What are shin splints?
Shin splints is a term for pain felt anywhere along the shinbone, from knee to ankle. The pain is caused by an inflammation of the muscles tendons, and bone tissue around the front of the lower leg (called the tibia or shin bone). They are common in runners and dancers, and the treatment involves rest and changing your exercise routine.
There are different types of shin splints.
Medial tibial stress syndrome: Medial tibial stress syndrome is the most common type of shin splint, and causes pain along the lower two-thirds of the inside edge of the shinbone. Medial tibial stress syndrome is an inflammation of the muscles, tendons, and bone tissue around the shinbone. It is caused by muscle strain where the muscle joins the shinbone. It gets worse when you run and improves within hours of stopping.
Stress fracture: A stress fracture is painful in one specific place in the shinbone. The pain is worse when you stand up or exercise, and it takes a while to improve afterwards. It is caused by muscle pulling on the shinbone, eventually causing the bone to crack.
What are the symptoms of shin splints?
The main symptom is pain on the front of the lower leg and in the muscles on either side of the shin bone. The pain is there both during exercise and at rest.
What causes shin splints?
Shin splints are caused by overuse of lower leg muscles and bone tissue. This can be due to:
- a sudden increase in the amount or intensity of exercise
- the ankle joint rolling inwards too far as the running foot hits the ground (over-pronation) — this is more common in people with fallen arches or flat feet
- tightness of calf muscles
- running on sloping, uneven or hard surfaces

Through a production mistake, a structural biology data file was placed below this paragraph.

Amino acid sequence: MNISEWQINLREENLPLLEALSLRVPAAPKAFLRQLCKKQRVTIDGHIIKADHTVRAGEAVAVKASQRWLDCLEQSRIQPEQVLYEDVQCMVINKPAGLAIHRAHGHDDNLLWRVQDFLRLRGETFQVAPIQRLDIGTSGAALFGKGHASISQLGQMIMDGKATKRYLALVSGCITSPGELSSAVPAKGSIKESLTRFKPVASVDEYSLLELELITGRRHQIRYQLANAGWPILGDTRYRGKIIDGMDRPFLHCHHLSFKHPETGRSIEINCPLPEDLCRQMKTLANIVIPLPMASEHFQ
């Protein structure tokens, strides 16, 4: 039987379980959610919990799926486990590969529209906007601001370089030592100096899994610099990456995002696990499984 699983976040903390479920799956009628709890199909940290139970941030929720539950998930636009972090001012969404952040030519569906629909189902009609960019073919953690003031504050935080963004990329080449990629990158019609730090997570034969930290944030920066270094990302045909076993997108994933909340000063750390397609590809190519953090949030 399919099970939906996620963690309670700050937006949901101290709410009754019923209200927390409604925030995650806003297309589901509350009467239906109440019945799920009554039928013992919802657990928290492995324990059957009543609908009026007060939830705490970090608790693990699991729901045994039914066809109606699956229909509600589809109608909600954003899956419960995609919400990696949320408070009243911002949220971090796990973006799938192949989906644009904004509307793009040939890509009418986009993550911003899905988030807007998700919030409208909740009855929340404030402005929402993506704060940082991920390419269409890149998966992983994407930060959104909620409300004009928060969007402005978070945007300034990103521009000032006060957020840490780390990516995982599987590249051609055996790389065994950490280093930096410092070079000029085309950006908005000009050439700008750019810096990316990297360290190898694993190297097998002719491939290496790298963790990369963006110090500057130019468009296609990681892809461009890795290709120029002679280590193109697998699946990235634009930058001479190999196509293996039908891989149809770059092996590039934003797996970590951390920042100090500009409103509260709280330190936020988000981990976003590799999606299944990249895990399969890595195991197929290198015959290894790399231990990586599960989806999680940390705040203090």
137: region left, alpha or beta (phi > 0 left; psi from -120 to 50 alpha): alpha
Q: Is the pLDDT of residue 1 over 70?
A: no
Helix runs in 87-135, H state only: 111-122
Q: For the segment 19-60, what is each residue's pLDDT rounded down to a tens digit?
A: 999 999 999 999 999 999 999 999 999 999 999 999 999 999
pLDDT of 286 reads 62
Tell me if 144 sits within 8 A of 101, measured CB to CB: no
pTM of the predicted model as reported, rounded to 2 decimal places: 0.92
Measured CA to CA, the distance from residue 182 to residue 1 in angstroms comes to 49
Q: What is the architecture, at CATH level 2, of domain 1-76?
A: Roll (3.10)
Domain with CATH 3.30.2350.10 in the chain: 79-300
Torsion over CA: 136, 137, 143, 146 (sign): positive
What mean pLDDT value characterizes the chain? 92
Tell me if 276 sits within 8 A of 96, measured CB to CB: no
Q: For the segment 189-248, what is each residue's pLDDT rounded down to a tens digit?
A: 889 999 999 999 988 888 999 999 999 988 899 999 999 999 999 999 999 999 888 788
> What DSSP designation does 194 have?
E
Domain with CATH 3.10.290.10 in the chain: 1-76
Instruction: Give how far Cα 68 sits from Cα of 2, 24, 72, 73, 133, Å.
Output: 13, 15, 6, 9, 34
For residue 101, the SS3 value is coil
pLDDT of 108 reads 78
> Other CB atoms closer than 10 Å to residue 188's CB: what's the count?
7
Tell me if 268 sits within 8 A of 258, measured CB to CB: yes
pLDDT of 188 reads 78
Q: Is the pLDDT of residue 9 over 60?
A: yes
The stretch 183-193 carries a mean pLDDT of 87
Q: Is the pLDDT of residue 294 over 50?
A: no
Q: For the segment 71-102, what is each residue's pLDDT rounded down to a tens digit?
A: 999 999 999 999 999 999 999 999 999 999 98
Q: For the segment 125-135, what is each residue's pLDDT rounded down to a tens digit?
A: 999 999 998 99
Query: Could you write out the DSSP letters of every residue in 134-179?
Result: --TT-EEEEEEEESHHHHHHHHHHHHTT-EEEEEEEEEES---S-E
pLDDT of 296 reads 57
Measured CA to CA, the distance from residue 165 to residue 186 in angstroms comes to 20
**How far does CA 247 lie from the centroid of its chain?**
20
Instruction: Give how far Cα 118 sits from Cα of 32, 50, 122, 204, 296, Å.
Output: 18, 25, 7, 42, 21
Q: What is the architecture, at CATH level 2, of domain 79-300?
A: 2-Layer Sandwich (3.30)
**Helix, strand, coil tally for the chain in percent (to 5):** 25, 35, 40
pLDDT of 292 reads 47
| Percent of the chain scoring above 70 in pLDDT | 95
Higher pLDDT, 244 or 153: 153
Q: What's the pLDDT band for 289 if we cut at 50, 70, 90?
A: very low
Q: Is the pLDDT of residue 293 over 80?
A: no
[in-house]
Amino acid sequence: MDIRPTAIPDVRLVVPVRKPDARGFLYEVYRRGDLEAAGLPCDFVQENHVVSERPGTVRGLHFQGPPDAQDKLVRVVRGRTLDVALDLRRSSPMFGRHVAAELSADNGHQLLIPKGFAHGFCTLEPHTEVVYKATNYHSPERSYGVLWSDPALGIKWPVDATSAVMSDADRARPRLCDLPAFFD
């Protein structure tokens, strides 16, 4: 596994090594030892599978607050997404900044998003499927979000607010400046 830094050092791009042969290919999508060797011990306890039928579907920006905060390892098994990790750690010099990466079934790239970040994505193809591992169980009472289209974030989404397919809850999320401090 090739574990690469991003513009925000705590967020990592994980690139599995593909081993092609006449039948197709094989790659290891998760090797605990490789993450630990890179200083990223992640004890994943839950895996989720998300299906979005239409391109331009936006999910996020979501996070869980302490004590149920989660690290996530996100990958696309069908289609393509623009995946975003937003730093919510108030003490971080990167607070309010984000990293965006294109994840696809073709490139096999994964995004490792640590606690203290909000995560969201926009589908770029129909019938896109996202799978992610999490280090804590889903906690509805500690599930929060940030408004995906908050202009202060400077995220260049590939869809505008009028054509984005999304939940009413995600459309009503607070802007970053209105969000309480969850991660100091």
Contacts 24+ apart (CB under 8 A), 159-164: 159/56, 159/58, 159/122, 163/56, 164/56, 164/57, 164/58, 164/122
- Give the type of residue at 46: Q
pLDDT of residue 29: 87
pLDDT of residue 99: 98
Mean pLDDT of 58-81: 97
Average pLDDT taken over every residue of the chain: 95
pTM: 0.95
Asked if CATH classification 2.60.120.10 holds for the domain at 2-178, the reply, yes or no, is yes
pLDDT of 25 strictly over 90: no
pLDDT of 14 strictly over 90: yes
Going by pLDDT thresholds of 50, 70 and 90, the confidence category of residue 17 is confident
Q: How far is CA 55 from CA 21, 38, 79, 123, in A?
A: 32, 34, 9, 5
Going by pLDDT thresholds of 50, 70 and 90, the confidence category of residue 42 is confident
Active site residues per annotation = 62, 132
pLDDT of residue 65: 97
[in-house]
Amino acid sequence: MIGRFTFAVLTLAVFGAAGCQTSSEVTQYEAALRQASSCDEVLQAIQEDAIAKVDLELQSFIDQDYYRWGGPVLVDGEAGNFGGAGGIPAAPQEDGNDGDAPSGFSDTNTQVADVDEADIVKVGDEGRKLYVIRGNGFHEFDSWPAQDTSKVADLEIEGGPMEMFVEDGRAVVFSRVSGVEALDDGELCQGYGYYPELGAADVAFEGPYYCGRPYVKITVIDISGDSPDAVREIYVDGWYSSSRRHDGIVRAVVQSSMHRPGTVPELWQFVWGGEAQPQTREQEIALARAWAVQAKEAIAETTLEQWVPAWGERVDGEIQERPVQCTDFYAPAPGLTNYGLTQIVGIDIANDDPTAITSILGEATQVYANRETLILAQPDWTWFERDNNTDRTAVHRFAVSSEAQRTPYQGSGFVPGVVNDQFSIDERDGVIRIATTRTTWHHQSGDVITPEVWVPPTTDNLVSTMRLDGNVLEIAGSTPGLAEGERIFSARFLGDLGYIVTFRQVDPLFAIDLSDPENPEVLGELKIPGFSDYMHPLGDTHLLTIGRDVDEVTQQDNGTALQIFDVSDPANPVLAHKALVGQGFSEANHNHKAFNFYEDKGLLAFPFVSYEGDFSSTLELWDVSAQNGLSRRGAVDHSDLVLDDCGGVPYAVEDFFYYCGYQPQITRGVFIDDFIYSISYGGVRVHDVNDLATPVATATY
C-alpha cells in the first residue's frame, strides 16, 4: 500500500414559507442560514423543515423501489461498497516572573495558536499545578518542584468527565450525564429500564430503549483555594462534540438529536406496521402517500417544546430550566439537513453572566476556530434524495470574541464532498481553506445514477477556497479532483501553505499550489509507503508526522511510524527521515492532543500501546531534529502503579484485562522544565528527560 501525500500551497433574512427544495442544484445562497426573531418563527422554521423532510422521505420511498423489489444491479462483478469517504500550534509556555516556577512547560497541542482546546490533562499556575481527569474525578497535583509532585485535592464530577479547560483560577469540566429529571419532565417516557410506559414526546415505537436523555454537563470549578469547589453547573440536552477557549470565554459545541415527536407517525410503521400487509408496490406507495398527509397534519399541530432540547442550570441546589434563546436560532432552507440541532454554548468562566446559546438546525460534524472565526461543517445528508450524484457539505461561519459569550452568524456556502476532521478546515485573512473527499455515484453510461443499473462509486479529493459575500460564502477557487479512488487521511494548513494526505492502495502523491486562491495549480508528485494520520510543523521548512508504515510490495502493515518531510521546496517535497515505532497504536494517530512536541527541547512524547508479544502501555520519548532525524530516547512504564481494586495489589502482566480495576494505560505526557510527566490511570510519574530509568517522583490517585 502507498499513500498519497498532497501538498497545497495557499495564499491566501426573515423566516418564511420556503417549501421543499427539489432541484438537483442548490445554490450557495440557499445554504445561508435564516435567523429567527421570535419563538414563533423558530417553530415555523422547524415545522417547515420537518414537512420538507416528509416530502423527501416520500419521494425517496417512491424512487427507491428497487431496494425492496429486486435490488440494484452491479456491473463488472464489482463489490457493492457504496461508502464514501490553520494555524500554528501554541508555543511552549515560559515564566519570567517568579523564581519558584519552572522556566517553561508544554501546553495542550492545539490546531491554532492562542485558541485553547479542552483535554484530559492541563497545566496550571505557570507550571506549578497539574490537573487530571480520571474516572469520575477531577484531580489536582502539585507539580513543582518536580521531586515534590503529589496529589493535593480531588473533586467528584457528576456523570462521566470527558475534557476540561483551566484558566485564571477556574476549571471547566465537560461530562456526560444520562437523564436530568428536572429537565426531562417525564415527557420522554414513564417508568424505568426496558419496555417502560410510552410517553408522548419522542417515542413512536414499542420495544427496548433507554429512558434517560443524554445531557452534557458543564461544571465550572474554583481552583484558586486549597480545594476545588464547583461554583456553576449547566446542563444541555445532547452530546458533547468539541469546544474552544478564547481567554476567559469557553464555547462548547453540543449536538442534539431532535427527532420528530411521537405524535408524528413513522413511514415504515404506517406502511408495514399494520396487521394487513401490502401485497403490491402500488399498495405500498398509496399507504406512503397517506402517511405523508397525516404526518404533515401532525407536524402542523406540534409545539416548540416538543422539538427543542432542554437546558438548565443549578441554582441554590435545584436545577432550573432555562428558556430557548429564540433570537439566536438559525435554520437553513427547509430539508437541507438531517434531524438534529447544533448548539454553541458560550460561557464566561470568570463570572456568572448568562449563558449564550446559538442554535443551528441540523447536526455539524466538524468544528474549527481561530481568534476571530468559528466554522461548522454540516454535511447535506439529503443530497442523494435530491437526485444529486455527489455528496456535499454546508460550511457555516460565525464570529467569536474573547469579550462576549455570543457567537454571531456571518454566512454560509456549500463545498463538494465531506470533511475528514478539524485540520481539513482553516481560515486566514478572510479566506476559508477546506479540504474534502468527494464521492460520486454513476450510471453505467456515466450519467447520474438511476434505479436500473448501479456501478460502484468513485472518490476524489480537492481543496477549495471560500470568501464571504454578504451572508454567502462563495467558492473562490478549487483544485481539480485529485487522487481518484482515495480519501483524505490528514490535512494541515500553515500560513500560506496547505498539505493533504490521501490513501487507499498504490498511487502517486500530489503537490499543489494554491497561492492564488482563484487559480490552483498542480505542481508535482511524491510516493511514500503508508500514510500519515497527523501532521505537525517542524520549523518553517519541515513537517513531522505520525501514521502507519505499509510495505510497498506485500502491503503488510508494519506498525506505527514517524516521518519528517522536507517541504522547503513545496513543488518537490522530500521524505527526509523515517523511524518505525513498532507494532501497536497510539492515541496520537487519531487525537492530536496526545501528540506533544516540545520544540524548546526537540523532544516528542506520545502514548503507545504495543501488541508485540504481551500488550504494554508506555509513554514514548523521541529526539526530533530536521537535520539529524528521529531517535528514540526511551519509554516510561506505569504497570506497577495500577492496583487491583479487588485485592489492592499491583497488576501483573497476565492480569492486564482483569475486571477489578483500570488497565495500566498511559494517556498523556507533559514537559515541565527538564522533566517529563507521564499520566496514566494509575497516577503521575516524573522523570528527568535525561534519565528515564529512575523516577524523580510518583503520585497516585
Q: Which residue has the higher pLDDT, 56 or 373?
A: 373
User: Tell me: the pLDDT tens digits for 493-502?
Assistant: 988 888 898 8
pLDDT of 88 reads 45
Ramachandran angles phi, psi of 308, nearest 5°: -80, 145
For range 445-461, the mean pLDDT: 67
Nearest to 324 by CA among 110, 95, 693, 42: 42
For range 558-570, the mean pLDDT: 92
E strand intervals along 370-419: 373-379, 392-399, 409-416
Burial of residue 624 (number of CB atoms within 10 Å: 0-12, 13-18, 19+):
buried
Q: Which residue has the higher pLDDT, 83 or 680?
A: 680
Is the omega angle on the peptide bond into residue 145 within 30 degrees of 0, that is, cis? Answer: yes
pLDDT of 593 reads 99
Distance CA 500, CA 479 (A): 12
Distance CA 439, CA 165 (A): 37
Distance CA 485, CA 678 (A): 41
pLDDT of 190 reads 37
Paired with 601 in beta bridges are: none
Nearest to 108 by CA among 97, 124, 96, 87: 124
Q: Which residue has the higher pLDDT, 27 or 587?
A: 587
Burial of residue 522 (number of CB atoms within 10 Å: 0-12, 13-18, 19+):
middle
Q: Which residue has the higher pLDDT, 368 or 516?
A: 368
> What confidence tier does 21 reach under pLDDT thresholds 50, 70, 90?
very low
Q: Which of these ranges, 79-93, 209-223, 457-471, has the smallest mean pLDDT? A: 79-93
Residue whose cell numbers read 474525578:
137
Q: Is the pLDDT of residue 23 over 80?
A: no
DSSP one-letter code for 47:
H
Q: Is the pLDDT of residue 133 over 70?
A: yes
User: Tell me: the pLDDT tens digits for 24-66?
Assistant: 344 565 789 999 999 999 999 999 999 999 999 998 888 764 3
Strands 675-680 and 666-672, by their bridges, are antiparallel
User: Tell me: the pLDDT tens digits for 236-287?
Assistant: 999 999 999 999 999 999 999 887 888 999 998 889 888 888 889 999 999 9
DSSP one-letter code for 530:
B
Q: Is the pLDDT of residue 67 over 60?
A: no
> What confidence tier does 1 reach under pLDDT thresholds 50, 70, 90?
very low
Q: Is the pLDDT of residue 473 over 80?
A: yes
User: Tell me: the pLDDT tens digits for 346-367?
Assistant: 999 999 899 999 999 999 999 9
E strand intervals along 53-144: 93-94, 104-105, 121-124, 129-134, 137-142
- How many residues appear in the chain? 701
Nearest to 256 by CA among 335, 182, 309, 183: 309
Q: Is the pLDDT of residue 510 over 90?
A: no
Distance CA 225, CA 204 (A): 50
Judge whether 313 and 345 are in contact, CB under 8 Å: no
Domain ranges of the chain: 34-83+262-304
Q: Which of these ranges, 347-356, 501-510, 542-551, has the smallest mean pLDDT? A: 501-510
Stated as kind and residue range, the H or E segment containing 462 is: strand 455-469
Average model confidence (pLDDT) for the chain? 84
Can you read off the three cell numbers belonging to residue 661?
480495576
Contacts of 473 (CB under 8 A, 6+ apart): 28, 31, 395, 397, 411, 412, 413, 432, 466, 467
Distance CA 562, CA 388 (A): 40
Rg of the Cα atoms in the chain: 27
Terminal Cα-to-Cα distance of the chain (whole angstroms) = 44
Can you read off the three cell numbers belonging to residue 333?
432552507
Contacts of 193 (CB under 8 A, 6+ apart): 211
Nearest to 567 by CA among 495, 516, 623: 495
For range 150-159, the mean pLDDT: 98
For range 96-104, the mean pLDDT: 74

- using unsupportive footwear
How are shin splints diagnosed?
Your doctor will diagnose a shin splint by asking about how you’ve been using the muscles, what exercise you’ve been doing, and the location of pain. A stress fracture is confirmed by an x-ray, bone scan, MRI or CT scan.
How are shin splints treated?
You can usually ease the pain of shin splints by:
- putting an icepack on the area for 15 to 20 minutes 3 times a day
- taking an over-the-counter anti-inflammatory pain reliever, such as ibuprofen or aspirin
- stretching and massaging the calf muscles
- avoiding the activity that causes pain
- reducing the length and intensity of your exercise
- wearing supportive shoes
When you return to exercise, you should do so gradually over a few weeks. You should run on soft, level ground, and wear sturdy shoes and use insoles for arch support.
Commonly you may need to see a physiotherapist or exercise physiologist who can supervise the recovery safely especially if you lead a very active life.
If you have a stress fracture, that is usually treated with a brace, not surgery.
When should I see my doctor?
Seek medical attention right away if the pain is very severe or you have trouble walking. Contact your doctor if:
- the pain doesn’t go away or gets worse after treatment
- the pain changes or moves to a different area
- the leg has swelling that gets worse
- the shin bone is warm and red
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Last reviewed: August 2020